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tMB COLUMBIA MKIALft FRIDAY, SEPTEMBER 11, 1914.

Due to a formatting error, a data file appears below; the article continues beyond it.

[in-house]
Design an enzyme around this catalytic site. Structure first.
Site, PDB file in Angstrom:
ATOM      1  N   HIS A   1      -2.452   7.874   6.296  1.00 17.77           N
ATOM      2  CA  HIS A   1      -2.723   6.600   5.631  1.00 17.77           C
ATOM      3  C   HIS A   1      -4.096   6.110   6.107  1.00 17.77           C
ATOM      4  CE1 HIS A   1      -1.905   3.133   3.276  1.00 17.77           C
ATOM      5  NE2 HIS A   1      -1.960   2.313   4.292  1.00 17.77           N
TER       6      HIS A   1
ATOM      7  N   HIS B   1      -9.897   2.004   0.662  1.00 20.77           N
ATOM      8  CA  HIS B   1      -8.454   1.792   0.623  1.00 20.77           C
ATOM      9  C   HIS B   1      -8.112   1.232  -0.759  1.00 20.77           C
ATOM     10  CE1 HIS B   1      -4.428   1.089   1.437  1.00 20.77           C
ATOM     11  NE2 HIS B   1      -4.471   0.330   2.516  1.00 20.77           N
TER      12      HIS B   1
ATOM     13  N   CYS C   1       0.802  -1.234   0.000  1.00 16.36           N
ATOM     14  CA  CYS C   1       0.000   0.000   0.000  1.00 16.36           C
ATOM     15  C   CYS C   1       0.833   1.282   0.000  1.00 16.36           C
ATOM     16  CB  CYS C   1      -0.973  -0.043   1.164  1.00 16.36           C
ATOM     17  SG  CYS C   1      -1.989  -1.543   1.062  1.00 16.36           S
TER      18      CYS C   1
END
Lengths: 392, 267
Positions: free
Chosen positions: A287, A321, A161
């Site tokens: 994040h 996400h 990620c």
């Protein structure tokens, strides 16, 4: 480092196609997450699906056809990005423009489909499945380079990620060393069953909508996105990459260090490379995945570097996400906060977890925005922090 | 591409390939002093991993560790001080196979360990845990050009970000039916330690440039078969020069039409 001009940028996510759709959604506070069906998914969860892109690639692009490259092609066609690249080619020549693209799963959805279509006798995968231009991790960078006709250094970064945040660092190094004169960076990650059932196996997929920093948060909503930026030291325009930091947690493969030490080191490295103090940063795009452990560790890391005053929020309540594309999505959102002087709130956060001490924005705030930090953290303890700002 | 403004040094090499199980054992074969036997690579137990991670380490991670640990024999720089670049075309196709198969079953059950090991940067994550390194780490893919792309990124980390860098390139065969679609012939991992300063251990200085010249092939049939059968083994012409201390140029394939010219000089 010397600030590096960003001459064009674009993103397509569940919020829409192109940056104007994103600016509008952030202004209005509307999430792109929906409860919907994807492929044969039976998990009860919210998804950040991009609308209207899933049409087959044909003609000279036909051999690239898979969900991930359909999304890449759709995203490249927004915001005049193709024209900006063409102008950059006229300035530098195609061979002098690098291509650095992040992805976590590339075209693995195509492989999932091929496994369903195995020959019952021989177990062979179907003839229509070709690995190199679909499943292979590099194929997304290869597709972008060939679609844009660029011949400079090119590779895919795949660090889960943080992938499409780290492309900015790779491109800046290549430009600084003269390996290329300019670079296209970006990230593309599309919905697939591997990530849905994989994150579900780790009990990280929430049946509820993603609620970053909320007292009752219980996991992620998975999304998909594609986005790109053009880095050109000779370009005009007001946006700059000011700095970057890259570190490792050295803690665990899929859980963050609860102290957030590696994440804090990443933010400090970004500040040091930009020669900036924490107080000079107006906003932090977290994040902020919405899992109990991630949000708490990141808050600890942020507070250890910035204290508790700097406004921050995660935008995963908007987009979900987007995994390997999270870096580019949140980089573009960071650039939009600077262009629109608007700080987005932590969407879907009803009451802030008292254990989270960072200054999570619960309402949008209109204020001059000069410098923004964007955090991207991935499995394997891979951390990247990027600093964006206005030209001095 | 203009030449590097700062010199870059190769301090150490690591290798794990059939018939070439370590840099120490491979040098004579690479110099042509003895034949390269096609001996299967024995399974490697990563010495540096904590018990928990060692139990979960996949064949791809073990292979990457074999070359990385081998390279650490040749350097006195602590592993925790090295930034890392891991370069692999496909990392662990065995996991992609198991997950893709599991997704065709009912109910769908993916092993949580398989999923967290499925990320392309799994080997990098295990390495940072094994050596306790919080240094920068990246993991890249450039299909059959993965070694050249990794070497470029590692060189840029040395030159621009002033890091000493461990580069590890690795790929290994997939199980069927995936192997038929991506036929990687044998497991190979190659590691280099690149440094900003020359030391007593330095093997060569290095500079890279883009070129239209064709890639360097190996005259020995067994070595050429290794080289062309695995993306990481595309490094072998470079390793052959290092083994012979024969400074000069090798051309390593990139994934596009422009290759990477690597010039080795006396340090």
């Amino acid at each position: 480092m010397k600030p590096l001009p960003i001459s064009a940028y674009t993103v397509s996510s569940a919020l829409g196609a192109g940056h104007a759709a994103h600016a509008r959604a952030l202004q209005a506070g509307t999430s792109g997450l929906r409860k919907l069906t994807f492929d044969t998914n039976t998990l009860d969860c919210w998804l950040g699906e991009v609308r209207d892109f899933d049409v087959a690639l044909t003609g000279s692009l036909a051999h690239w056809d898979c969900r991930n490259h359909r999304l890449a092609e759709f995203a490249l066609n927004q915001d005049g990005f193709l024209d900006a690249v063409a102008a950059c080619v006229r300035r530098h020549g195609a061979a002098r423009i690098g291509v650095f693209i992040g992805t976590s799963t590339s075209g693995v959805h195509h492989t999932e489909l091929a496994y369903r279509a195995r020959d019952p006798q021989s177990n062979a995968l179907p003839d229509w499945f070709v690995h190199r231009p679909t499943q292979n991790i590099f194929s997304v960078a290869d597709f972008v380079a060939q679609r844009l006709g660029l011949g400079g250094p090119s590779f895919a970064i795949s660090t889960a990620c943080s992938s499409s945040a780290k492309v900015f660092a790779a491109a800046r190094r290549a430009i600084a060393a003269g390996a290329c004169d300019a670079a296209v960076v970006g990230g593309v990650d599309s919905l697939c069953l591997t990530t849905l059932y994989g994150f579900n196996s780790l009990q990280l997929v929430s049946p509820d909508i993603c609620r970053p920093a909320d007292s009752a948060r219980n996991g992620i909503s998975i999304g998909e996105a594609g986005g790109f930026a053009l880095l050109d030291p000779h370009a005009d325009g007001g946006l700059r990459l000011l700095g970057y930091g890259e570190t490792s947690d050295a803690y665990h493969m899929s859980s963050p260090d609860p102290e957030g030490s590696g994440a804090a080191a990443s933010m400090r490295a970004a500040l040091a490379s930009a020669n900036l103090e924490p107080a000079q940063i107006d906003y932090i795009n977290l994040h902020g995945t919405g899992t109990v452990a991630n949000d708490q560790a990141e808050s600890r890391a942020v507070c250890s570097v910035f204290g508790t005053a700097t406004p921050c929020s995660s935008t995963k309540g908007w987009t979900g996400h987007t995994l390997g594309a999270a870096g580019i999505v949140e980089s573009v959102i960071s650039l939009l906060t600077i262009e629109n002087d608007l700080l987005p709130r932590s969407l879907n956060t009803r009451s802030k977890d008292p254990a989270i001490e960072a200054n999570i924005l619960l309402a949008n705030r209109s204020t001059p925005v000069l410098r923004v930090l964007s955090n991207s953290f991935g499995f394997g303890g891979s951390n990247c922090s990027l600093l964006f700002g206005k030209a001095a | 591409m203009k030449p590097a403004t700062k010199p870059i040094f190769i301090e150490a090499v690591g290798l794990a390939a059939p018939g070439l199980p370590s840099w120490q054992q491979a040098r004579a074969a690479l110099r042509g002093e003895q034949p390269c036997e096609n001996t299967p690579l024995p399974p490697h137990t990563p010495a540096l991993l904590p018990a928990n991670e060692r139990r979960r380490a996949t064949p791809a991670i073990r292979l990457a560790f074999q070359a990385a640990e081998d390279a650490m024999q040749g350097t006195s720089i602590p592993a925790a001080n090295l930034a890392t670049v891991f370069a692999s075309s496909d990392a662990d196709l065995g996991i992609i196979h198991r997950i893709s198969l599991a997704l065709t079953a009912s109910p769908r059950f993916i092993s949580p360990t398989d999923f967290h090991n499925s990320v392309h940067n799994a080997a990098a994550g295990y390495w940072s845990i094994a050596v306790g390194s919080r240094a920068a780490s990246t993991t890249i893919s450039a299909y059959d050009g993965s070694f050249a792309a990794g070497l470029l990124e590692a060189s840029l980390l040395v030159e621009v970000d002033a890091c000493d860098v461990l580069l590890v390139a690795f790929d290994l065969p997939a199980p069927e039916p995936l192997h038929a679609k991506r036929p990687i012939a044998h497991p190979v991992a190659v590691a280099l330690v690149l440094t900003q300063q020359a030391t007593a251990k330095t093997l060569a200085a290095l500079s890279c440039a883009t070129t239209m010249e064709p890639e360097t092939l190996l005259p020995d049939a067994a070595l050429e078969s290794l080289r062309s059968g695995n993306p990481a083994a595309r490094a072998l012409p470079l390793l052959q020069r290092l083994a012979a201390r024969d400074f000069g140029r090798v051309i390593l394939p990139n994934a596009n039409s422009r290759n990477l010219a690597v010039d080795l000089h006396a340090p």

THE "LIGHT RUNNING" QRENCE WAGON A Home Product, Manufactured by Home People from Home Materials to Meet Every Requirement of the Southern Farmer EVERY FARMER SHOULD HAVE ONE AND HERE ARE THE REASONS WHY: Every Florence hub is made of the toughest carefully selected oak, every spoke is hand split, straight grained hickory. These materials when properly seasoned make the best wheel it is possible to build. This is the very material "Uncle Sam" specifies when he buys army wagons, and he won't accept any other. He could buy Birch hubs and oak spokes for less money, but they won't stand the wear, therefore the United States Government demands in all of its army wagons just the kind of material the Florence Wagon Company gives every one of its customers. While it Is highly important that the material used in the construction of the wheel be of the very best quality, we want you to know, that every stick of timber, every piece of iron and steel, every bolt and clip that goes into every Florence Wagon is absolutely the very best we can buy. Every last liv ing bit of "Florence" from tongue to tal gate is the kind that stands up-wears-last. Every.Piece of Every Florence Wagon Is Sold Under Our Binding Guarantee And can be replaced within a few hours, notice, thus saving the user the delay ordinarily caused by waiting for repairs from a distant factory. Why pay $5.00 per wagon freight on your timber to Northern cities and return when you get that same timber in your home wagon less this freight charge? There are three things in particular you want' to keep in mind when buying a farm wagon: Be sure that it is made right; priced right; sold right and manufactured on an economical basis. On these points depend whether you get all the wagon value possible for your money. The Florence Is Made Right. It is not assembled on a "hit or miss'l-basis of any sort of material that can be gotten together at a low cost. On the other Band it represents a lot of time and study, contains he best material ob tainable and is made by the most skilled workmen known to the trade. It Is Priced Right. The price of the "FLORENCE" is a little higher than some wagons and a little lower than others, but in every case It represents full value for the price. If you pay more you pay too much. If you way less you get less. If you pay the same you don't get as good value for the money as you could had you bought the LIGHT RUNNING FLORENCE. It Is Sold Right. This wagon is sold through Robinson-McGill Buggy Co. the logical persons to buy your wagon from, because you know them and they know you. They have studied the weak and strong points of the different makes of wagons and their opinion is to be sought for and respected. It Is Manufactured On An Economical Basis. Our perfect manufacturing equipment and unqualified facilities for securing raw material at low freight rates, enable us to produce a better wagon for less money than any other wagon manufacturer in the country. Settle the wagon question by buying a FLORENCE, which is guaranteed by MI m mm AND ROBINSON-McQILL BUGGY COMPANY RAGGED SUPPORT fin 0 BY LOCALS COST RUBE MARSHA! L FIRST GAME GOOD HITTING AND SPLENDID PITCHING BY BOLAND WON GAME FOR VOLS. WAT HARBISON HIT HOMER Two runt of Columbia in the First Locals were scored BRYAN SCORES MILITARISM PREDICTS THAT EUROPEAN CON- VULSION IS DEATH THROES OF AUTOCRACY. BALTIMORE, Sept. 12. Predicting that the European convulsion is but the death throes of militarism, Secre tary Bryan made the principal ad dress at the Star Spangled Banner celebration. Acting as the represen- Hit Detroit tative ot President Wilson, who was INSTITUTE OPENED THIS MORNING ITS EIGHTIETH FOR YEAR SPLENDID ATTENDANCE OF Pil. PILS IN SPITE OF ADVERSE CROP CONDITIONS. FROM MANY SOUTHERN STATES $5,000 Beauty Pretty Frequently. Cost'y Errors Lost Game. The Nashville Volunteers and four rank errors by the locals were too much for Rube Marshall Wednesday afternoon. The result was that Co lumbia got licked 9 to 2. Marshall pitched a jamup game, and with the" same kind of support mat Boland got, he would have tied it up. Only one run was earned from his de livery. This came in the fifth when Lindsay and Giteeon tripled in succes sion. The others were the result of errors that were hardly excusable. The Vols started their run getting in the first. King, first up, singled ' over second, was sacrificed to sec ond, took third on a muff of a fly by Hardison, the sun getting in his eyes, ! and scored when Sloan drove a hot one at Burns on first, which he fooz led. Another was added in the sec ond on a strikeout by Gibson, the ball hitting the base and bouncing away. He went over to third on Boland's single and scored on a hot drive, unable to be present, he said in part "Let no man think that the quality of manhood will be lower when war is abolished. We could not really and truly worship God if we thought and believed that each generation Number of Day pupils Was Unusual ly Larfle Same Faculty as Last Year With the Exception of Two Addition. (Thursday's Daily.) The Columbia Institute opened its must be drenched in blood of our 80th session this morning under very brothers to prevent stagnation. In 'encouraging circumstances, in spite the day that is dawning, the bravery jof the conditions of the crops of the of self restraint will take the place South. There was a good attendance of that bravery which tramples the 'of young ladies from all the Southern rights of others. There Is as much inspiration in a noDie nre as in an heroio death." POLICEMAN RAIDS NASHVILLE AUTO FANS AT GAME WEDNESDAY PLAY JOKE ON SHERIFF OF DAVIDSON COUNTY. A bunch of fans, who canTe down from Nashville Wednesday to see the which carromed off Marshall's leg to Vols play Columbia. had a biS Duach Burns at first. Three counters were made in both the third and fourth. After Dodge had flied out to right field. Burns sin gled, but stretched it into a double when Armstrong failed to put the ball of fun out of Charley Longhurst, sheriff of Davidson county. Along about the sixth inning, when Nash ville had the game well in hand, Jno. Aust, attorney for the state Anti-Saloon League, conceived the idea of on him for an easy out. Sloan was having some fun by gettlnS one of tne Longhurst and the others seated in it. However, they had kept their eyes on Mr. Aust and laughed the po liceman of!. out from second to first, but Wil liams singled, Lindsay doubled, and both scored on Roger's boot of Gib son's roller. In the fifth King flied out to deep center, Oiamona goi life on an easy chance whleu Arm strong muffed, Dodge singled to cen ter, Burns got another double to left field, tallying a moment later on Slona's sacrifice fly to right. The last run was made in the fifth on successive triples to center by Lindsay and Gibson. The locals put over their two coun ters in the first frame. After Schmidt had struck out, Hunter walked on four wide ones, and Hardison, who followed, drove a stinger down the first base line which rolled over the right field dump and went for a hom ef. Boland, though tapped for eight safeties, always had the game well in hand when "men got in bases. He struck out nine men. His smoke ball worked finely and the locals had con siderable difficulty in getting their clubs around in time to hit it. The visitors put up a fine game and tried all the way through as if it were a game for the pennant. Capt. Otto Williams, who had charge in the ab sence of Bill Schwartz, the regular There are but two desks at present pilot, kept them working in the ninth that are not filled with pupils. It is as they did in the first. There was 'expected that these will be taken no slowing up by the Vols, as the Bil- soon, and that room at the big city likens did in their games here earlier school will soon be at a premium. states, in addition to an unusually large number of day pupils. The exercises were conducted in the historic St. George's chapel by Dr. Capers, president of the Insti tute, assisted by Rector R. M. W. Black, of St. Peter's church. The young ladies in caps and gowns, en tered the chapel, followed by- the lit tle tots of Mrs. Hine in the kinder garten department. Dr. Black open ed the exercises with prayer, after which Dr. Capers read very impres sively the 103rd Psalm. In the course of his remarks, Dr. Capers said: "I am glad to welcome here for the eightieth anniversary of this historic school so many pupils, friends and patrons of the institution. It has had a glorious heritage. It has weathered the storms and trials of nearly eighty years and today it stands stronger, more firmly estab lishem in the hearts and minds of its patrons and alumnae than it ever has. Surely it must have had about it the guiding hand of Providence to have tood the strain, stress, and change of conditions through so long a pe riod." ,"It is my ideal that the Institute city policemen raid the big automo bile of Longhurst and search it for whisky. He wrote out a search war rant according to the prescribed form, commanding the officer to search the machine and to seize all whiskys, nig ger gin and other spirituous liquors 8na11 stand for some things for which which could be found therein, and to many schools do not. Many of them arrest the occupants for bootlegging. are of BUcn size that there cannot be The warrant was given to city police- tnat personal touch, that intimate re man Will Lancaster, who took it over,lation between teacher and pupil, be to the machine and read it to Mr. tween president and faculty that IB your liver LAX will wake SON BROS. Inactive? LIV-VER. it up. STEPHEN-(Advt.) ATHENAEUM IS ALMOST FULL BIG CITY SCHOOL LACKS BUT TWO DESKS BEING CROWDED TO THE LIMIT. The Athenaeum is practically full. in the season. The box score follows: Nashville AB R H PO A E King, 1 f 5 1 2 4 0 0 Diamond, lb 4 1 0 7 0 0 Dodge, 3b 5 1 2 0 4 1 Burns, c f 5 2 3 1 0 0 Sloan, r I 4 0 0 0 0 0 Williams, 2b 5 1 1 3 0 0 Lindsay, ss 5 2 2 1 2 1 Gibson, o 4 0 2 11 ,0 0 Boland, p 4 1 1 0 2 0 There are always a number of high school pupils from the county who canot get in until the farm work is through. However, when the An drews school is completed, it is pos-j Bible that the overflow can be taken care of there until the new high school is bulls. I Total 41 9 13 27 8 Columbia AB R H PO A Schmidt, c f . Hunter, 3b . . Hardison, 1 f . Conley, r f . . . Burns, lb ... Rogers, s s . . Lucas, o . . . . Armstrong, 2b ..5 Marshall, p 3 0 3 0 0 0 0 1 7 2 Total 36 2 8 27 13 4 Score by innings: Nashville 11331000 09 Columbia 20000000 02 Smmary: Two base hits, Burns (2), Lindsay; three base hits, Gibson, Lindsay; home run, Hardison; struck out, by Boland 9, by Marshall 5: double plays, Lindsay to Diamond, Armstrong to Burns. MAURY AND WILSON ! COUNTY HENS IN TIE NASHVILLE, Tenn., Sept. 14. The Barred Plymouth Rocks and the White Leghorns are having a neck and neck finish in the egg laying con test at the state fair grounds, which has only two more weeks to run. Pens of the Rock variety from Mau ry county are tied witn a wnne eg- border- horn pen from Wilson county, each -Jn vlew of the restoration of peace pen having produced 370 eggs. The in MeXiCo. collectors and other offlc third position is held by another pen ers in the future may treat arms and of the Barred Rocks, these are own- ammunition as ordinary commercial ed in Davidson county, and have a to- 'shipments and permit them to go for- there should be. It is the Intention of this school that it shall never be come of such size that this shall be lost. I believe that it is far better for the girl that she should have this personal attention and care at this time of life than that she should be without it and have her personality submerged in the masses of some larger school." The faculty of the school will be practically the same as last year. Miss Mary Carpenter will be dean, while Miss Marie Golden of Carroll ton, Ky., a pupil of Dr. Basil King, will be in charge of the department of expression, and Miss Gladys Bacon, of the class of 1910, who has been studying in New York and other cit ies of the East, will assist in the mu sic department. Mrs. H. E. Hervey will be in charge of the culinary de partment in place of Capt. A. E. Wells, who has accepted a position in Kentucky. New girls are arriving each day, and in spite of the depressing crop conditions that prevail throughout the South, it is thought that within a few I weeks there will be a splendid attend ance. Dr. Capers is very optimistio about the future of the school and hopes that it will be the best in its, history. TO LIFT EMBARGO ARMS SENT TO MEXICO WASHINGTON, Sept 14. The fi nal step for the removal of the em bargo on the exportation of arms from the United States to Mexico was taken today, when Secretary Mc Adoo sent the following telegram to collectors of customs on the Mexican tal production of 329. PRESIDENT WILL BE BUSY ON VACATION WASHINGTON, Sept. 14. Presi dent Wilson left here at 5:35 p. m. for thesummer White House at Cor nish, N. H., where he expects to ar rive tomorrow afternoon. His cous ins, the Misses Smith, of New Or- leans, accompanied him. LONDON, Sept. 17. In a dispatch While taking a weekend rest the from Rome, the correspondent of the President will consider his reply to Central News says it is declared Emperor William's message charging there that the members of the Ruma- use of dum-dum bullets, and also his nian ministry have tendered their res- answer to President Poincare's mes- ignations. sage, received today. ward accordingly." RUMANIAN CABINET DECIDE TO RESIGN STEPHENSON BROS. know about Liv-VER-LAX. Ton need It tor your liver. (Advt.) DELEGATES BACK FROM PRESBYTERY Rev. J. M. Robison and T. Hardy Park, of Culleoka, have returned from Howell, where they attended the meeting of the Columbia Presbytery. The next session of the Presbytery will be held at Lewisburg. Both the delegates state that the meeting was well attended and the sessions were profitable.